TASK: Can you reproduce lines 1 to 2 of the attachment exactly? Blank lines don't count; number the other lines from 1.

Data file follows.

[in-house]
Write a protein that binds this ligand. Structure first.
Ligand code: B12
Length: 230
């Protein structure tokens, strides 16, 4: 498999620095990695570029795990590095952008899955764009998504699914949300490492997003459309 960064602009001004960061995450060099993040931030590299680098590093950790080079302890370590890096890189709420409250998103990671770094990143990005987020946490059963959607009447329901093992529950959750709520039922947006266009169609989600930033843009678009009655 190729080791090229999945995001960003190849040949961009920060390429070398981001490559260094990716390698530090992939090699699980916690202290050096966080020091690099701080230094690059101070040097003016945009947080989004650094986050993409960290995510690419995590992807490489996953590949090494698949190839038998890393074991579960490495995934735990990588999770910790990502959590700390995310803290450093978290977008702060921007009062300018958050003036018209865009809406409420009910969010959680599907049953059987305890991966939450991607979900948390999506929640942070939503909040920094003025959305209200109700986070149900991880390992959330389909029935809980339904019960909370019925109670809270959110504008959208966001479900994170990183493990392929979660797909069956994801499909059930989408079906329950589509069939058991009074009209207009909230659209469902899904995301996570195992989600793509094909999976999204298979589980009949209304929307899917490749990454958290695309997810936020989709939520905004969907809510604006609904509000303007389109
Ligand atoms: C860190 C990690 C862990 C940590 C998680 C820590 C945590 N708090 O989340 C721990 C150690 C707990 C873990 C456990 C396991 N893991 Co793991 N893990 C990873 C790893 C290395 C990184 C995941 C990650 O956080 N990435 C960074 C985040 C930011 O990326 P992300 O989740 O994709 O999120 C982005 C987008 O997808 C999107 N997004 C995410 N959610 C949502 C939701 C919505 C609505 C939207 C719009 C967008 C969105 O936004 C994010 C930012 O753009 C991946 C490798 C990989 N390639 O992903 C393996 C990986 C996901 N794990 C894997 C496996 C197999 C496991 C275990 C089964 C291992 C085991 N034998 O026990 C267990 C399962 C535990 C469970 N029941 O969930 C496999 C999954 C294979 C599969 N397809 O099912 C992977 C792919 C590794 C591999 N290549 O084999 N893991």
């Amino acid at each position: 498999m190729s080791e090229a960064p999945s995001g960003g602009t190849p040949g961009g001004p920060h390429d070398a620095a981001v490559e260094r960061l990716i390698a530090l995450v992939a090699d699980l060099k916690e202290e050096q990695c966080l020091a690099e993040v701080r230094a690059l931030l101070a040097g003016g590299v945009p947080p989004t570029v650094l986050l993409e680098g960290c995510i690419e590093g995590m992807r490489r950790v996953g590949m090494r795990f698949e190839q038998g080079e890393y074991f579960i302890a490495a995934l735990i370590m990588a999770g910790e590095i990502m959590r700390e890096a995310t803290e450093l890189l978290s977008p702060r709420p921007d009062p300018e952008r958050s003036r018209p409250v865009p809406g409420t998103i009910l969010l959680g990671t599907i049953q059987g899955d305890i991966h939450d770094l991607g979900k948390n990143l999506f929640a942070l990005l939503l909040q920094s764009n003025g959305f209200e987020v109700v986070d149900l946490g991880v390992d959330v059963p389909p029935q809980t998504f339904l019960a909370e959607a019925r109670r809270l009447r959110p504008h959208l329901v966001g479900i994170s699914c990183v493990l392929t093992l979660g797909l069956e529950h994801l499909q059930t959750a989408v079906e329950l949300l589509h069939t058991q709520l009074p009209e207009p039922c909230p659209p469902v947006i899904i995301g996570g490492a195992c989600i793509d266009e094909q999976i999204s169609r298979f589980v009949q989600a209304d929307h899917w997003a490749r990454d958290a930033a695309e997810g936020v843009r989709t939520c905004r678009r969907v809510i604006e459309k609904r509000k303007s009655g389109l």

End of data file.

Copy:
[in-house]
Write a protein that binds this ligand. Structure first.